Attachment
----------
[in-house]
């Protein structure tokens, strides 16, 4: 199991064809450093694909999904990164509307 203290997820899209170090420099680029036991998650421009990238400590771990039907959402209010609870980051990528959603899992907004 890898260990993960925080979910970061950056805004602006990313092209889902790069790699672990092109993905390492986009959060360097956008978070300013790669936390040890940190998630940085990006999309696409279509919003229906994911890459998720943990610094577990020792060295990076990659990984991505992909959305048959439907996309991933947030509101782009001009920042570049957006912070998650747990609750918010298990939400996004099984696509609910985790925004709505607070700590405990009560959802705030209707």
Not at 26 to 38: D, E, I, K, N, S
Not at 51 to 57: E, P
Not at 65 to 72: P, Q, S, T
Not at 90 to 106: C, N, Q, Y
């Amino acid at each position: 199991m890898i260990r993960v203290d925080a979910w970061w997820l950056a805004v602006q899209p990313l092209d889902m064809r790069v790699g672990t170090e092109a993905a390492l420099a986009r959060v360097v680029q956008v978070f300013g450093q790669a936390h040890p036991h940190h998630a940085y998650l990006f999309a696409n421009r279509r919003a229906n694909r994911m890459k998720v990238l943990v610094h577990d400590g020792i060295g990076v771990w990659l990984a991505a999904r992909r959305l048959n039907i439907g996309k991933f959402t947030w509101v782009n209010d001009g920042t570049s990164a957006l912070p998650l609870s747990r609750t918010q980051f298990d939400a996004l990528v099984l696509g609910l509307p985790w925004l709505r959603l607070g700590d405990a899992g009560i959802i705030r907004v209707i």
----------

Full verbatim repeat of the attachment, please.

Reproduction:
[in-house]
């Protein structure tokens, strides 16, 4: 199991064809450093694909999904990164509307 203290997820899209170090420099680029036991998650421009990238400590771990039907959402209010609870980051990528959603899992907004 890898260990993960925080979910970061950056805004602006990313092209889902790069790699672990092109993905390492986009959060360097956008978070300013790669936390040890940190998630940085990006999309696409279509919003229906994911890459998720943990610094577990020792060295990076990659990984991505992909959305048959439907996309991933947030509101782009001009920042570049957006912070998650747990609750918010298990939400996004099984696509609910985790925004709505607070700590405990009560959802705030209707």
Not at 26 to 38: D, E, I, K, N, S
Not at 51 to 57: E, P
Not at 65 to 72: P, Q, S, T
Not at 90 to 106: C, N, Q, Y
């Amino acid at each position: 199991m890898i260990r993960v203290d925080a979910w970061w997820l950056a805004v602006q899209p990313l092209d889902m064809r790069v790699g672990t170090e092109a993905a390492l420099a986009r959060v360097v680029q956008v978070f300013g450093q790669a936390h040890p036991h940190h998630a940085y998650l990006f999309a696409n421009r279509r919003a229906n694909r994911m890459k998720v990238l943990v610094h577990d400590g020792i060295g990076v771990w990659l990984a991505a999904r992909r959305l048959n039907i439907g996309k991933f959402t947030w509101v782009n209010d001009g920042t570049s990164a957006l912070p998650l609870s747990r609750t918010q980051f298990d939400a996004l990528v099984l696509g609910l509307p985790w925004l709505r959603l607070g700590d405990a899992g009560i959802i705030r907004v209707i």